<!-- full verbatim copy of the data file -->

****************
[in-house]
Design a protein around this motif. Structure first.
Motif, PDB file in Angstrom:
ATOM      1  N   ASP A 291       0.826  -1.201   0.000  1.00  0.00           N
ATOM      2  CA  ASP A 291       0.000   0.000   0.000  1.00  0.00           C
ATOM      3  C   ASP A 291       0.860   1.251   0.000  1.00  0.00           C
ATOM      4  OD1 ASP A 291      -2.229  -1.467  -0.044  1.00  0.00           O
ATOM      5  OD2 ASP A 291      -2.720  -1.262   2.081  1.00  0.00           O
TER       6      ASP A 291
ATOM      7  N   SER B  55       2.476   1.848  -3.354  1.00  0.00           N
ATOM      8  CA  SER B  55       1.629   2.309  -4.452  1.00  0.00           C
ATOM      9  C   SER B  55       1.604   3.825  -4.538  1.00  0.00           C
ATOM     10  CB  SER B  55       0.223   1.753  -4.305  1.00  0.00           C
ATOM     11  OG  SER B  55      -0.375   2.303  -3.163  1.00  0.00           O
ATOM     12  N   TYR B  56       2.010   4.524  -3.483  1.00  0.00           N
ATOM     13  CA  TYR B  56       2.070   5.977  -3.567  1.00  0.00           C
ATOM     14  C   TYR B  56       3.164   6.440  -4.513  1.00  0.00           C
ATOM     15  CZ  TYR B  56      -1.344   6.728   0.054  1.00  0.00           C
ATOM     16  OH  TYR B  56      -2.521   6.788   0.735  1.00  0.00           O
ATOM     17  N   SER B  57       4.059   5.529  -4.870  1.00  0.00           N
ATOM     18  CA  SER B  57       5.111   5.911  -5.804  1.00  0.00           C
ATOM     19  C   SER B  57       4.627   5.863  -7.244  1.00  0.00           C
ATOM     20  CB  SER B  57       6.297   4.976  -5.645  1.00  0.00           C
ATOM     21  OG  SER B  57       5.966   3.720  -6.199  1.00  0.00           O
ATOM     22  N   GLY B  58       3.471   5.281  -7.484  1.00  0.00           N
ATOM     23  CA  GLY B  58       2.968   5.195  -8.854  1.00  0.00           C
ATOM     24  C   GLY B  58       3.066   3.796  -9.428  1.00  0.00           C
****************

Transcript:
[in-house]
Design a protein around this motif. Structure first.
Motif, PDB file in Angstrom:
ATOM      1  N   ASP A 291       0.826  -1.201   0.000  1.00  0.00           N
ATOM      2  CA  ASP A 291       0.000   0.000   0.000  1.00  0.00           C
ATOM      3  C   ASP A 291       0.860   1.251   0.000  1.00  0.00           C
ATOM      4  OD1 ASP A 291      -2.229  -1.467  -0.044  1.00  0.00           O
ATOM      5  OD2 ASP A 291      -2.720  -1.262   2.081  1.00  0.00           O
TER       6      ASP A 291
ATOM      7  N   SER B  55       2.476   1.848  -3.354  1.00  0.00           N
ATOM      8  CA  SER B  55       1.629   2.309  -4.452  1.00  0.00           C
ATOM      9  C   SER B  55       1.604   3.825  -4.538  1.00  0.00           C
ATOM     10  CB  SER B  55       0.223   1.753  -4.305  1.00  0.00           C
ATOM     11  OG  SER B  55      -0.375   2.303  -3.163  1.00  0.00           O
ATOM     12  N   TYR B  56       2.010   4.524  -3.483  1.00  0.00           N
ATOM     13  CA  TYR B  56       2.070   5.977  -3.567  1.00  0.00           C
ATOM     14  C   TYR B  56       3.164   6.440  -4.513  1.00  0.00           C
ATOM     15  CZ  TYR B  56      -1.344   6.728   0.054  1.00  0.00           C
ATOM     16  OH  TYR B  56      -2.521   6.788   0.735  1.00  0.00           O
ATOM     17  N   SER B  57       4.059   5.529  -4.870  1.00  0.00           N
ATOM     18  CA  SER B  57       5.111   5.911  -5.804  1.00  0.00           C
ATOM     19  C   SER B  57       4.627   5.863  -7.244  1.00  0.00           C
ATOM     20  CB  SER B  57       6.297   4.976  -5.645  1.00  0.00           C
ATOM     21  OG  SER B  57       5.966   3.720  -6.199  1.00  0.00           O
ATOM     22  N   GLY B  58       3.471   5.281  -7.484  1.00  0.00           N
ATOM     23  CA  GLY B  58       2.968   5.195  -8.854  1.00  0.00           C
ATOM     24  C   GLY B  58       3.066   3.796  -9.428  1.00  0.00           C